Classic Tracks: Kim Carnes' "Bette Davis Eyes"
Sep 1, 2003 12:00 PM, By Blair Jackson
It was your basic “overnight success” story that was actually many years in the making. When 35-year-old, raspy-voiced singer and songwriter Kim Carnes charged to the top of the pop charts with the infectious, modern-sounding “Bette Davis Eyes” in the spring of 1981, it seemed as though she had come out of nowhere. In fact, she was already a veteran of both Hollywood and various facets of the music business.
At a young age, the L.A. native gravitated toward music, and by 18, Carnes was a working pro, singing on jingle sessions by day and playing at area clubs at night. During the mid-'60s, she also tried her hand at acting, appearing once on the popular Patty Duke Show and winning a decent role in the 1967 “youth” film, C'mon, Let's Live a Little, which also starred singers Bobby Vee and Jackie DeShannon — co-author of this month's “Classic Track”! In 1966, Carnes joined the popular New Christy Minstrels folk troupe (now best known as the inspiration for A Mighty Wind's New Main Street Singers), where she met two men who would be very important to her career: Kenny Rogers and Dave Ellingson. After her association with the Minstrels ended, Carnes and Ellingson became a formidable songwriting team, not to mention husband and wife (and parents).
Though the couple's stint as “Kim and Dave” was only marginally fruitful, Carnes kept busy writing songs, singing on demos and even backing up teen idol David Cassidy on a tour. Meanwhile, she put out her first solo album, Rest on Me, which featured James Burton, Glenn D. Hardin and a host of other great players; alas, it was not a commercial success. Through the '70s, she put out a number of albums that never quite broke through to the mass public (she did have a minor hit in 1978 with “You're a Part of Me,” a duet with Gene Cotton), but her songwriting career was on fire: She had songs covered by the likes of Frank Sinatra, Nancy Sinatra, David Cassidy and her old friend Kenny Rogers. And when Rogers brought her onboard to sing a duet on “Don't Fall In Love With a Dreamer” in early 1980, she had her first Top 5 hit. And the hit album from which that single was extracted, Gideon, consisted entirely of Carnes-Ellingson songs.
Around that time, too, Carnes was recording an album of her own for EMI called Romance Dance with producer George Tobin. Unfortunately, Carnes and Tobin did not see eye to eye on a number of issues, and when it came time to complete and mix the album, EMI head Jim Mazza brought in producer/engineer Val Garay to do the job. The album made it to Number 57 on the charts and yielded Carnes' first solo Top 10 hit, a version of Smokey Robinson's “More Love.” So it wasn't surprising when Carnes asked Garay to produce her next album, Mistaken Identity, which included “Bette Davis Eyes.”
It seems as though Garay could do no wrong in this era. The son of a well-known Latin singer, Joaquin Garay (who was Mexican, Basque and Mayan Indian), Val was a young songwriter and guitarist with an eye fixed on producing records when he encountered the great engineer Dave Hassinger (Rolling Stones, Jefferson Airplane, Grateful Dead), who, impressed by Garay's musical sense and good ears, offered to take him under his wing and teach him the studio craft. Garay assisted Hassinger on numerous sessions at the Sound Factory in Hollywood, and by the mid-'70s, was doing first-rate work on his own, including Linda Ronstadt's albums from Heart Like a Wheel on, and discs by James Taylor, Orleans, Andrew Gold, ex-Eagle Randy Meisner (who cut a duet with Carnes), Pablo Cruise, Bonnie Raitt and many others; he quickly became one of the busiest guys in town. He attributes his excellent song sense to “my aunt Tully, who was Cole Porter's personal secretary for many years, and having been around them when I was a kid.”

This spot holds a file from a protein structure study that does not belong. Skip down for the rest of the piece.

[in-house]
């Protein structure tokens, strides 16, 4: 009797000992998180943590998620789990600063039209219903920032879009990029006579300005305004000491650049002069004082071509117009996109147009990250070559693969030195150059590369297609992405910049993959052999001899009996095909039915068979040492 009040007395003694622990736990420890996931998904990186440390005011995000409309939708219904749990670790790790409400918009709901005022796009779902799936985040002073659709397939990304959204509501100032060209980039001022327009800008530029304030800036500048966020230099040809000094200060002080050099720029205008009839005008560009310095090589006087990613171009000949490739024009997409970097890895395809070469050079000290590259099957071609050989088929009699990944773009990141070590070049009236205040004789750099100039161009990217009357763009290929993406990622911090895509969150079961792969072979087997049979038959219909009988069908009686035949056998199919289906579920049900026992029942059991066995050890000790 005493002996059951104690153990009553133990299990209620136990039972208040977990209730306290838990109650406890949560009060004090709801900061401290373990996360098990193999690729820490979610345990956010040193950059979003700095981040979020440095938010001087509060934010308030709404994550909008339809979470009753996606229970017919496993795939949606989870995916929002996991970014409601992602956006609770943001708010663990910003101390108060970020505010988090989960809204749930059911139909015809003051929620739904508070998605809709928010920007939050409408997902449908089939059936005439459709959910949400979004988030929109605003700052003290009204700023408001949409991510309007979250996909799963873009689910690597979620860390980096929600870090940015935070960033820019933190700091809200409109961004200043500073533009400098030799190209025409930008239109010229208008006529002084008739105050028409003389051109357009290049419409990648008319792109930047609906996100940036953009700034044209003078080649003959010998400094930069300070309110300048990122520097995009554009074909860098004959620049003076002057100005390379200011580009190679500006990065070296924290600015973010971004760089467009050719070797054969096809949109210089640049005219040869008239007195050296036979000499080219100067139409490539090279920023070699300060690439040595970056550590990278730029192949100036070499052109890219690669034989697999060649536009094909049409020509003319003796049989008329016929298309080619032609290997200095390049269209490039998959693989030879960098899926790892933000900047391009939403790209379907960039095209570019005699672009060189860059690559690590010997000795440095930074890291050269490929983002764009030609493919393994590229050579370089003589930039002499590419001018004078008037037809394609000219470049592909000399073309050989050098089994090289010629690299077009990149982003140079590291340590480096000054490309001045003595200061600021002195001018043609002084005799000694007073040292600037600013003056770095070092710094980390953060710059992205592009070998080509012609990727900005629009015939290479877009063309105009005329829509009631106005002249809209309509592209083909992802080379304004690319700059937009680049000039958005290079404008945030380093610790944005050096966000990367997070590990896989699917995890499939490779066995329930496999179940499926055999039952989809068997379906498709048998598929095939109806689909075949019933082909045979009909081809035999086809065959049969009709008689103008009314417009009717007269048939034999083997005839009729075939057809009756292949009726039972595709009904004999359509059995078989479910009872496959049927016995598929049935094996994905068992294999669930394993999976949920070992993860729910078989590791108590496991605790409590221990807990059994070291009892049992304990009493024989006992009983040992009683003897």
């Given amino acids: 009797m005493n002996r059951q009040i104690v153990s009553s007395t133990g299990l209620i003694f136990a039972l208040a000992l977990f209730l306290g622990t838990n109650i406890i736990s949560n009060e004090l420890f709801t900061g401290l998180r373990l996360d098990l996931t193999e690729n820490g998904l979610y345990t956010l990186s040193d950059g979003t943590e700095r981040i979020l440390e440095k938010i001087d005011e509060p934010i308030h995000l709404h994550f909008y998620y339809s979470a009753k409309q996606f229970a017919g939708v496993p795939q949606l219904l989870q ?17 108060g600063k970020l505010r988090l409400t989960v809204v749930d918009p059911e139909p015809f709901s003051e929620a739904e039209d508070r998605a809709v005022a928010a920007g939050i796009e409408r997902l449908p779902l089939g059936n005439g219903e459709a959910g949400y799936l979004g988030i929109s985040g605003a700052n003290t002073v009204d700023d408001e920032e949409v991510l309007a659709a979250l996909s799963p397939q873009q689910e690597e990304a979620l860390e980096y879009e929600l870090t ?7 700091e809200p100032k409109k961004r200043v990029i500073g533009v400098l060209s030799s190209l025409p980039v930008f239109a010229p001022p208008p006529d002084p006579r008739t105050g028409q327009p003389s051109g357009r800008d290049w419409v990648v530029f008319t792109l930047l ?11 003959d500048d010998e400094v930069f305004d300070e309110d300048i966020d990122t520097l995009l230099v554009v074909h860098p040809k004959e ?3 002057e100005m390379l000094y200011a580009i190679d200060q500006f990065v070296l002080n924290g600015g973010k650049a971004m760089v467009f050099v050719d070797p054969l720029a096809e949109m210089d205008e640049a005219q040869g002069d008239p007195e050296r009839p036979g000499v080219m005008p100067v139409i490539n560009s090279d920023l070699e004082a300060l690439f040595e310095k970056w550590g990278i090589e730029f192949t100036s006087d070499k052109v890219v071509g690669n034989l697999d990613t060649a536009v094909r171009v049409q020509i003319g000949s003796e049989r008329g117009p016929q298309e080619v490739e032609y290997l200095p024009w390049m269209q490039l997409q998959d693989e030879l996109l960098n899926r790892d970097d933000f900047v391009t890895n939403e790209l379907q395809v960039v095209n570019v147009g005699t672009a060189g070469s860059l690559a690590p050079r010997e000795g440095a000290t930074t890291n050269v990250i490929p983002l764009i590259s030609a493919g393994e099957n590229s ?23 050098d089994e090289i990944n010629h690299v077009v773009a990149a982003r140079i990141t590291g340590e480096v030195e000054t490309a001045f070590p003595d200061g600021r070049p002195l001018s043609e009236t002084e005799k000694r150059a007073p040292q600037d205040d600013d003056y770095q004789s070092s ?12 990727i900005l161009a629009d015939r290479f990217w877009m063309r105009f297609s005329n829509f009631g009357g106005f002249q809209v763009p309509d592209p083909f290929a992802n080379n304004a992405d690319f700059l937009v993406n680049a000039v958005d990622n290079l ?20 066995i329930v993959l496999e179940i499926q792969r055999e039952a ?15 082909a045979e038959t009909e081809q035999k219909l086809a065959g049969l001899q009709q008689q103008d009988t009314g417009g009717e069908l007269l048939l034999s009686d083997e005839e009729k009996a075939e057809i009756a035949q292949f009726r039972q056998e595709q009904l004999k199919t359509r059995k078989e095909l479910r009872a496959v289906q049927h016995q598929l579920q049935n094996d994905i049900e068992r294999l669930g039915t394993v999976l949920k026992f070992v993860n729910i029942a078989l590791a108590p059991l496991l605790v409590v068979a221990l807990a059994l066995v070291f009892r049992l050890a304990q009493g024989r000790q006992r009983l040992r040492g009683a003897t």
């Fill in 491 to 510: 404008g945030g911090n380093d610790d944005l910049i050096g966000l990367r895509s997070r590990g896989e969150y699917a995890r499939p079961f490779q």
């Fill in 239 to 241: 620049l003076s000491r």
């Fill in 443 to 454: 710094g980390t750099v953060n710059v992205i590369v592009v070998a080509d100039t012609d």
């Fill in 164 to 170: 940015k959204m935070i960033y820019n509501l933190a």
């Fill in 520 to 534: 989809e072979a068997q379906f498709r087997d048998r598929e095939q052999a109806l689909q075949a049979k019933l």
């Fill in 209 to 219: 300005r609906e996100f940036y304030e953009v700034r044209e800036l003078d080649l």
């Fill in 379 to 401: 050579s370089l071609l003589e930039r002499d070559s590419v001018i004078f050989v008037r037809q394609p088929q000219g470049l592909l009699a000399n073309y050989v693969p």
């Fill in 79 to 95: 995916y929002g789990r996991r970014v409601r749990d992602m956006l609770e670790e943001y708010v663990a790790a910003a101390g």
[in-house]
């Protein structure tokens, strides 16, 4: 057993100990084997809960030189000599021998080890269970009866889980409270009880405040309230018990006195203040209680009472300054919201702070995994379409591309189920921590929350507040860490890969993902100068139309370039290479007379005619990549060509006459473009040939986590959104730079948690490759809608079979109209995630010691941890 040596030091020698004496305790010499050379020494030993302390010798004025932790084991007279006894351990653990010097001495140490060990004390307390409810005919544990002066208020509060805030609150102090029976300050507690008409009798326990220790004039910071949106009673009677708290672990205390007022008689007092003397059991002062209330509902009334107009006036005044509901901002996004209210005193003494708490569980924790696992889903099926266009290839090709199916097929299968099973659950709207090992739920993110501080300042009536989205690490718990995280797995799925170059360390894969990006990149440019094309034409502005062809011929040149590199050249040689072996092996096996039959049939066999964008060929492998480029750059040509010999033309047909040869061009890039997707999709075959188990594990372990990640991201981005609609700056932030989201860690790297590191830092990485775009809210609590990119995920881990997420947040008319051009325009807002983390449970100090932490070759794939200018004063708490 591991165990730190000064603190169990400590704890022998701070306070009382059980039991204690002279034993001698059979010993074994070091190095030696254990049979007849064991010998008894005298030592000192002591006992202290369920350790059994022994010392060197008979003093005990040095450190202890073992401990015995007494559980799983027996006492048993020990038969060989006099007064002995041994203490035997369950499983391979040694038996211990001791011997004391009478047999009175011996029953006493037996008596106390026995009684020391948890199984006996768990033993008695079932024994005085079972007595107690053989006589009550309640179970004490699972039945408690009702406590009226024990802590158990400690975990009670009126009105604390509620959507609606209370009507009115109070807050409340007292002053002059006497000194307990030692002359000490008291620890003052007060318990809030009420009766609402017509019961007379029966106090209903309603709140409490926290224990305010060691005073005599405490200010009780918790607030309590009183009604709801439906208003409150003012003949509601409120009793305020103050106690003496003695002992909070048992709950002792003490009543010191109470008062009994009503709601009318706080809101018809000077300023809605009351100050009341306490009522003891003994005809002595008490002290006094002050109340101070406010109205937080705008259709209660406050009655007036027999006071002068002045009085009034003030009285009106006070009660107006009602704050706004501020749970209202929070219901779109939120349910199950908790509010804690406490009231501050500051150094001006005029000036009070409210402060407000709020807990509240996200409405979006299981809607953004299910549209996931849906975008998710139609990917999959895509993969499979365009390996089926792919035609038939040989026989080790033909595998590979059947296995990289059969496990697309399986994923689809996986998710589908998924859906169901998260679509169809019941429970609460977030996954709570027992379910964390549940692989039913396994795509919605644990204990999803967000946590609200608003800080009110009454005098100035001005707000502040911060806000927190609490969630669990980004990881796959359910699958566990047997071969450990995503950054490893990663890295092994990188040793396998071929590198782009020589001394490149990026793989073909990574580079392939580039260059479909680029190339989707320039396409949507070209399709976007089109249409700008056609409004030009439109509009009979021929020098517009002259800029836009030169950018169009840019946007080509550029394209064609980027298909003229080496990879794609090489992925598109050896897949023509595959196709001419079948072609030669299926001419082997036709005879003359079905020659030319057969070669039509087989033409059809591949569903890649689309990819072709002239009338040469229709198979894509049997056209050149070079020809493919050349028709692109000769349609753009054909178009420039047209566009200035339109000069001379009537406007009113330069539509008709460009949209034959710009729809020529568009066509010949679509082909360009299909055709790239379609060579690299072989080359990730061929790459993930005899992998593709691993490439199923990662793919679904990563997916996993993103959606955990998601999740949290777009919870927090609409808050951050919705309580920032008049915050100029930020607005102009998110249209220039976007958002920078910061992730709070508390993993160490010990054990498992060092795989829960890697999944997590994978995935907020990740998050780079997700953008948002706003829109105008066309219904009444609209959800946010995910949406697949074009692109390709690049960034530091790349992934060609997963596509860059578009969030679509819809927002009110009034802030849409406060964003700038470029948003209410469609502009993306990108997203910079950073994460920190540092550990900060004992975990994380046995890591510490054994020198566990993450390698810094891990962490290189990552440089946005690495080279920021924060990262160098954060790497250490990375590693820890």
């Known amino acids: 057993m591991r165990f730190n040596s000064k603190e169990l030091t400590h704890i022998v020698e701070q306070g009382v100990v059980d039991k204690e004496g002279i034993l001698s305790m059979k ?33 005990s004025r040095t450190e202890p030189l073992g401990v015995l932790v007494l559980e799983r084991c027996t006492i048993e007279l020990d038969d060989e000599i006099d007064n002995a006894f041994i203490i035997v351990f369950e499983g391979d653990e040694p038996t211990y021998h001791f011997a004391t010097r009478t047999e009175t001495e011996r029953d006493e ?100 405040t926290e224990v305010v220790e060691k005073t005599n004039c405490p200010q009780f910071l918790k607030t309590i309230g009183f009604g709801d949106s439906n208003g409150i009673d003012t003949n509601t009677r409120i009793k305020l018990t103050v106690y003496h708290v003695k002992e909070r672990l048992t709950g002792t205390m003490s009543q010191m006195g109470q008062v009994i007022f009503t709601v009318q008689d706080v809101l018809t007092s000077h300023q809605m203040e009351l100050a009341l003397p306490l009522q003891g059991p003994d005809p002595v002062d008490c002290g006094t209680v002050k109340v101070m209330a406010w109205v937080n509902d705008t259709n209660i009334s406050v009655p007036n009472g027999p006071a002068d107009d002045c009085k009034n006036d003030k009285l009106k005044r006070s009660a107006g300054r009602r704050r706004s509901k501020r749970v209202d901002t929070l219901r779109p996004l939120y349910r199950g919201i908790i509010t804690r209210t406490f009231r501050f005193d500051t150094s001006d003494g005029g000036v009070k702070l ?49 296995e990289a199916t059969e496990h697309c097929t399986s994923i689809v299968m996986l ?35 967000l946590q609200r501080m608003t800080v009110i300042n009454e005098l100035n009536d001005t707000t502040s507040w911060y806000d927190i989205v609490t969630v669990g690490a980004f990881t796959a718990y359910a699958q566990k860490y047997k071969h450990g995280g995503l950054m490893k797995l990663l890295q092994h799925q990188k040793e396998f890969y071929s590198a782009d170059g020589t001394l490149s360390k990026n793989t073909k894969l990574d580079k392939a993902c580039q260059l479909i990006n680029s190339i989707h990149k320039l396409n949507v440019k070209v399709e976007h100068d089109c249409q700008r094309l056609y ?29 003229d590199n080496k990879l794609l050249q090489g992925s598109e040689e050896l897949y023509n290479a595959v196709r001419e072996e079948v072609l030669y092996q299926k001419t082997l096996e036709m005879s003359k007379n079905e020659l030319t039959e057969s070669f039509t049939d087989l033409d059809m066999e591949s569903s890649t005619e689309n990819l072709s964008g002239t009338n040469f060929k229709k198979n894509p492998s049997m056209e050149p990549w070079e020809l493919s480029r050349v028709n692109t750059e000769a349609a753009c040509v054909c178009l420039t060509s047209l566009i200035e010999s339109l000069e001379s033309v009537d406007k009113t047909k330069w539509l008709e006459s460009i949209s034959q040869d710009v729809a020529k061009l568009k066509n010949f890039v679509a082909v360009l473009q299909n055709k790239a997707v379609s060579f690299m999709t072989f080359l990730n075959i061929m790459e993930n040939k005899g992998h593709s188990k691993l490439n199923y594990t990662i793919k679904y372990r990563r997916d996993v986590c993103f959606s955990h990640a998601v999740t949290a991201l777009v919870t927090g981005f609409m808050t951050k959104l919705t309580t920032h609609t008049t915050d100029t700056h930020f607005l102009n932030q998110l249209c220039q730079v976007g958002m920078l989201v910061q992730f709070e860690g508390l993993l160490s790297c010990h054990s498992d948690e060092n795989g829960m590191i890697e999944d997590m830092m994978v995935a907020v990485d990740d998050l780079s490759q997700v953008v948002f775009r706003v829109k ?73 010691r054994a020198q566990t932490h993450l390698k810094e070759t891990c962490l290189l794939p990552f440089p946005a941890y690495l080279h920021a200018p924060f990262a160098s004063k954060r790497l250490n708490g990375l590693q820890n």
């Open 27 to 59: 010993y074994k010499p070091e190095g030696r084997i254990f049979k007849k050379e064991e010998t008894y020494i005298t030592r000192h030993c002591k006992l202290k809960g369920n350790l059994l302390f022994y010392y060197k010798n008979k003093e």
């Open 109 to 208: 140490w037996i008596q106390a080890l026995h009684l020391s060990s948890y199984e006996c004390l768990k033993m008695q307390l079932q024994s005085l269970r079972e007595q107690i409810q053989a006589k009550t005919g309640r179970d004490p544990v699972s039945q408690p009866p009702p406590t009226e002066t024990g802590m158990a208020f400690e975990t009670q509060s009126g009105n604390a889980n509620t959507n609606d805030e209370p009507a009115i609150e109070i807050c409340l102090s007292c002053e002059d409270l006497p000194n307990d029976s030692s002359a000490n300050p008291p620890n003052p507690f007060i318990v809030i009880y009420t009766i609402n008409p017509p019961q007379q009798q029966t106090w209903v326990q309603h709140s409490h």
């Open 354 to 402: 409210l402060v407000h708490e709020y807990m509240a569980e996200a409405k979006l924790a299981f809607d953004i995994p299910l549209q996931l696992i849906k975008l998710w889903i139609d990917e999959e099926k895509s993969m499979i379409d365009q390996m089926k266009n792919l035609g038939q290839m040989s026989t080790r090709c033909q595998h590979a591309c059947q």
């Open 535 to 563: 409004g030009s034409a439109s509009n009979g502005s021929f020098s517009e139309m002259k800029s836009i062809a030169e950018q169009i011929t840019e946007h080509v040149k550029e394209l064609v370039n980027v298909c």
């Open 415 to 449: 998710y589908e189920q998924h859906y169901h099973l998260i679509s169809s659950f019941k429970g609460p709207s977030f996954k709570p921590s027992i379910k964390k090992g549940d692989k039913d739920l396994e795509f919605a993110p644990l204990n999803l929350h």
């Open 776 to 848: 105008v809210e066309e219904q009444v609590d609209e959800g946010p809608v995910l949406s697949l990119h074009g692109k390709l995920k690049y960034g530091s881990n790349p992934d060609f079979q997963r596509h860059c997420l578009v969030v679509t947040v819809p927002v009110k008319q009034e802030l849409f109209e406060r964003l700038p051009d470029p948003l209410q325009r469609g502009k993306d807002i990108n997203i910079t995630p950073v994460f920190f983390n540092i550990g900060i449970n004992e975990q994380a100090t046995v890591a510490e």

At the dawn of the '80s, Garay also opened what would become one of the L.A. area's top recording studios: Record One in Sherman Oaks. “I built it during '79 so I could have my own place to work in,” Garay says. “It opened in January 1980. Originally, it just had one studio, which was an API room. The control room was an identical copy — to the eighth of an inch — of the Sound Factory. I spent two-and-a-half million dollars building that place in 1979 and copied it board for board and it still didn't sound the same,” he says with a laugh. “The [recording] room was a copy of Sound Factory, too: a long L-shaped room. I made it three feet deeper and four feet longer, but it had the same exact proximity to the control room.” Besides the API console, the room boasted 24-track 3M 79 recorders — “which I still think are the best-sounding analog tape recorders ever made. They really had the bottom,” Garay says — and a superb collection of mics and outboard gear.
It was during the search for material for Mistaken Identity that “Bette Davis Eyes” turned up. “[Songwriter] Donna Weiss called me one day and said she had a song that she had just finished writing with Bruce Roberts and could she come over and play it for Kim and me at my office,” Garay recalls. “So she came over and played us the song, and Kim and I kind of looked at each other and we thought, ‘Yeah, not bad.’ But it wasn't what we were looking for. So she said, ‘Well, you know, I have this other song I gave to George Tobin and nothing ever came of it.’ And that was ‘Bette Davis Eyes.’ Kim had actually heard it and liked it but nothing had been done with it. So she played the demo for me, and it was totally different than the record. It sounds like a Leon Russell track, with this beer-barrel polka piano part. But I loved the melody and I loved the lyrics.”
Actually, the song had a little history already. It was penned in the mid-'70s by Weiss and Jackie DeShannon and was first recorded by DeShannon, in a decidedly country setting, for her New Arrangement album in 1975. DeShannon once said that she had been moved to write this evocative portrait of a teasing woman after seeing smitten actor Paul Henreid lighting cigarettes for Bette Davis near the end of the classic film Now Voyager.